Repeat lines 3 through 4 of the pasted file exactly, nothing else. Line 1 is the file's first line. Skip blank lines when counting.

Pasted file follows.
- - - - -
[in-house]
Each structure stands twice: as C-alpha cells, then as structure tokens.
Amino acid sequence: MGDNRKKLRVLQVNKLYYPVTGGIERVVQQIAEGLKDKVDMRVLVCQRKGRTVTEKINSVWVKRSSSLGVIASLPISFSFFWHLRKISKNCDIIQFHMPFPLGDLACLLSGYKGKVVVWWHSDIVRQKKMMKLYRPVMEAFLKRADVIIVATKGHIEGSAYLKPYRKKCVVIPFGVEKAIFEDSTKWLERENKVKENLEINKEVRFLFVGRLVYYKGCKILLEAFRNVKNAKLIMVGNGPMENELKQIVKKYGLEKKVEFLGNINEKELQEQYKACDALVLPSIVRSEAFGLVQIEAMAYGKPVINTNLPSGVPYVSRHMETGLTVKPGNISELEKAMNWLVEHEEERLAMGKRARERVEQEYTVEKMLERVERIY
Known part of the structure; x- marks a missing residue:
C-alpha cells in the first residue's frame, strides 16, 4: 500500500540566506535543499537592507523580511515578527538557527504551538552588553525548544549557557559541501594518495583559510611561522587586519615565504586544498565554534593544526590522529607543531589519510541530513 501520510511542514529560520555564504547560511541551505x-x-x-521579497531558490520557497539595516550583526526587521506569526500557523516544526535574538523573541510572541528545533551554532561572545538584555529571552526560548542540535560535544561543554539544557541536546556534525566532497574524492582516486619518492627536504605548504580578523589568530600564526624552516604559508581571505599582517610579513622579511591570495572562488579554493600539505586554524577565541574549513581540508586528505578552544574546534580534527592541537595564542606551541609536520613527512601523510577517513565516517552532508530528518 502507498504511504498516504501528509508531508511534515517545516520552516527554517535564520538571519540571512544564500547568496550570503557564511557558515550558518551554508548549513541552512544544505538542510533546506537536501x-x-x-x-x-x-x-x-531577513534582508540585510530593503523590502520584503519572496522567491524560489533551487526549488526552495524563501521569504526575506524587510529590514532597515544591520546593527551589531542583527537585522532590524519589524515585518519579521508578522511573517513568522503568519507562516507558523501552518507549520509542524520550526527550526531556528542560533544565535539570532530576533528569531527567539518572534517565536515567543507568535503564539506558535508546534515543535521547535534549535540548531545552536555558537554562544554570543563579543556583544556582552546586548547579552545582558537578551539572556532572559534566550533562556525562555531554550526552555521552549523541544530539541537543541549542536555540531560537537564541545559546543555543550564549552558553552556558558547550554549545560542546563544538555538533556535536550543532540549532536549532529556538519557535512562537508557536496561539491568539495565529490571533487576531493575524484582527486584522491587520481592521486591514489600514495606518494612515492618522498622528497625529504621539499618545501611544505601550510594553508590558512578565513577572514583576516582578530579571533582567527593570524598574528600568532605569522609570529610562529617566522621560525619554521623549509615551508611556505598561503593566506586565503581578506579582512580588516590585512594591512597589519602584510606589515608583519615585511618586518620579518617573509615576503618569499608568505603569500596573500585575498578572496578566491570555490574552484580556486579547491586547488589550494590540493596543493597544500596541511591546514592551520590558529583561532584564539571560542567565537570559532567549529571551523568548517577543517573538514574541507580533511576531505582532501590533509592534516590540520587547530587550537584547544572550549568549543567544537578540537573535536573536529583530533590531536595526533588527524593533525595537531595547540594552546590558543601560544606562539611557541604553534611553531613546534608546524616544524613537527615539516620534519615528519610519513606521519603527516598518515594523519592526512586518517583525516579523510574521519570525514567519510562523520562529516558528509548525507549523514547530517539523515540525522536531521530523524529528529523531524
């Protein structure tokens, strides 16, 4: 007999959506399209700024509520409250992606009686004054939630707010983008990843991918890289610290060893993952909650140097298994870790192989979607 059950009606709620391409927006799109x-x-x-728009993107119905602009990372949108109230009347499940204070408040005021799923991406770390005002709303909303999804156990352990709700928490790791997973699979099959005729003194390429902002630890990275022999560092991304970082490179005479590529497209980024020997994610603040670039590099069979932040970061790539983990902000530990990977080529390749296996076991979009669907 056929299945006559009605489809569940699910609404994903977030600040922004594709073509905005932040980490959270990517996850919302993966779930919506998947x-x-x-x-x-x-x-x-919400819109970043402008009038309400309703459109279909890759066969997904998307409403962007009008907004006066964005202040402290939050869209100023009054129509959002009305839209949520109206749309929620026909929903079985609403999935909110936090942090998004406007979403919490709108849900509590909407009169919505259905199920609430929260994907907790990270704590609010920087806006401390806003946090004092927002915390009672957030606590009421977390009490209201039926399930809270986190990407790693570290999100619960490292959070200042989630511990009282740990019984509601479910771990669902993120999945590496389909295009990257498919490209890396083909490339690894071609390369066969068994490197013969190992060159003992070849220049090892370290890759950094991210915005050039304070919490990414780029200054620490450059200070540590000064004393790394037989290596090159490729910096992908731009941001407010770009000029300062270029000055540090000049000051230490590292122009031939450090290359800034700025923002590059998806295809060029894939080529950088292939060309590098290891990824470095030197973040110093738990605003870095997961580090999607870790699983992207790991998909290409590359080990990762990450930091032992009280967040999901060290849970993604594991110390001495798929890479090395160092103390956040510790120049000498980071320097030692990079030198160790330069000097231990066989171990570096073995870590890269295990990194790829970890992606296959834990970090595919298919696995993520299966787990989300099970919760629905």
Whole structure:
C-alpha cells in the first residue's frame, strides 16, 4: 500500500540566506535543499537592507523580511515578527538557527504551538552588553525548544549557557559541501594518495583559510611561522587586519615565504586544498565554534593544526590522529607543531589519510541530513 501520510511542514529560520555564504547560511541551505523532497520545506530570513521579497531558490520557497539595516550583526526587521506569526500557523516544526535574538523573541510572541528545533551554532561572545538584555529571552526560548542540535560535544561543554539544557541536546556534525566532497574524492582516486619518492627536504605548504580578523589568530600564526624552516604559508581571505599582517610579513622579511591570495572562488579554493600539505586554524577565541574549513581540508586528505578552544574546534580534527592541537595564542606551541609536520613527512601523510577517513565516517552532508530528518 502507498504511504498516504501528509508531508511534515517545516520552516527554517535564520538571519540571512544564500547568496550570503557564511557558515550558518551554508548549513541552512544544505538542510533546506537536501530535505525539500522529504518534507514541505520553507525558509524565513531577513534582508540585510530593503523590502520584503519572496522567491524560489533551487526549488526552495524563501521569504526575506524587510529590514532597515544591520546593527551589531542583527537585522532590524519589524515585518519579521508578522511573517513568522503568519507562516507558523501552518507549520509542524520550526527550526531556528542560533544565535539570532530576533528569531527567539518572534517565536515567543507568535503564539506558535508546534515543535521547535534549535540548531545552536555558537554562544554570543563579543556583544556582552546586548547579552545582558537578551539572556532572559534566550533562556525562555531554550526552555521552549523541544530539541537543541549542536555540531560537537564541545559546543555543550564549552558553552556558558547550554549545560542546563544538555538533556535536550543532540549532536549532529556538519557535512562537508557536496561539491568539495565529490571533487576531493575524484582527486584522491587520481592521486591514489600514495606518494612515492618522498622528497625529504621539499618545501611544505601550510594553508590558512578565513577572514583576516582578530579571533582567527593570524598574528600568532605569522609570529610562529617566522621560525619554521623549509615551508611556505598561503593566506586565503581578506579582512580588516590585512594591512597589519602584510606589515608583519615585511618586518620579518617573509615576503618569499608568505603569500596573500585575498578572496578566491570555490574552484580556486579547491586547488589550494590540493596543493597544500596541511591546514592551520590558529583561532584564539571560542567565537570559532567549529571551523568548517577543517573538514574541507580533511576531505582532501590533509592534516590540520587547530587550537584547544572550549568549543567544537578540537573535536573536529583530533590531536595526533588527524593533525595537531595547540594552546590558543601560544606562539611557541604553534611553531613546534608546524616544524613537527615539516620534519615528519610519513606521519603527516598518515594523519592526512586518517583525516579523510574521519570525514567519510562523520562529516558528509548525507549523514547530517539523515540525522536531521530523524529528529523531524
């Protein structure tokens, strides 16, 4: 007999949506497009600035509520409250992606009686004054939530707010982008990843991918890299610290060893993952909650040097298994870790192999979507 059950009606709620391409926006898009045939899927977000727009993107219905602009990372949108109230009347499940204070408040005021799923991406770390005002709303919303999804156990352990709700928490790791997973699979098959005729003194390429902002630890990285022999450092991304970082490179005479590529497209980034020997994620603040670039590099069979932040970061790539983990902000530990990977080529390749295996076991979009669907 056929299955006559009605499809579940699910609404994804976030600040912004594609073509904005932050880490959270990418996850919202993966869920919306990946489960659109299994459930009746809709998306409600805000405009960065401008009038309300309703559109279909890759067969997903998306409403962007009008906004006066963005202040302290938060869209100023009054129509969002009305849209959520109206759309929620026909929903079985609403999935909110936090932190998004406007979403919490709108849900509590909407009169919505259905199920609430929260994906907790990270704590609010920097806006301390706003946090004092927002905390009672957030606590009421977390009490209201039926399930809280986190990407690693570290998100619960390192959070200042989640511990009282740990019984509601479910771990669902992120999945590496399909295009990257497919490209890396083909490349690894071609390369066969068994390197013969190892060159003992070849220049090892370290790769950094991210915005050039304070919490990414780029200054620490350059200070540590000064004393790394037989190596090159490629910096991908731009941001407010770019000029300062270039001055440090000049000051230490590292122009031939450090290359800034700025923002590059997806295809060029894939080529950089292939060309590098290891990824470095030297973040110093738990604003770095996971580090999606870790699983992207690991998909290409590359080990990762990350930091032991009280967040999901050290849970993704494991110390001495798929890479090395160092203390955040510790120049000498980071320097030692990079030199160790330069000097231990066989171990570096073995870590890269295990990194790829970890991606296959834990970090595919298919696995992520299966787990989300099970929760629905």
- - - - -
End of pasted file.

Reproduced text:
Amino acid sequence: MGDNRKKLRVLQVNKLYYPVTGGIERVVQQIAEGLKDKVDMRVLVCQRKGRTVTEKINSVWVKRSSSLGVIASLPISFSFFWHLRKISKNCDIIQFHMPFPLGDLACLLSGYKGKVVVWWHSDIVRQKKMMKLYRPVMEAFLKRADVIIVATKGHIEGSAYLKPYRKKCVVIPFGVEKAIFEDSTKWLERENKVKENLEINKEVRFLFVGRLVYYKGCKILLEAFRNVKNAKLIMVGNGPMENELKQIVKKYGLEKKVEFLGNINEKELQEQYKACDALVLPSIVRSEAFGLVQIEAMAYGKPVINTNLPSGVPYVSRHMETGLTVKPGNISELEKAMNWLVEHEEERLAMGKRARERVEQEYTVEKMLERVERIY
Known part of the structure; x- marks a missing residue: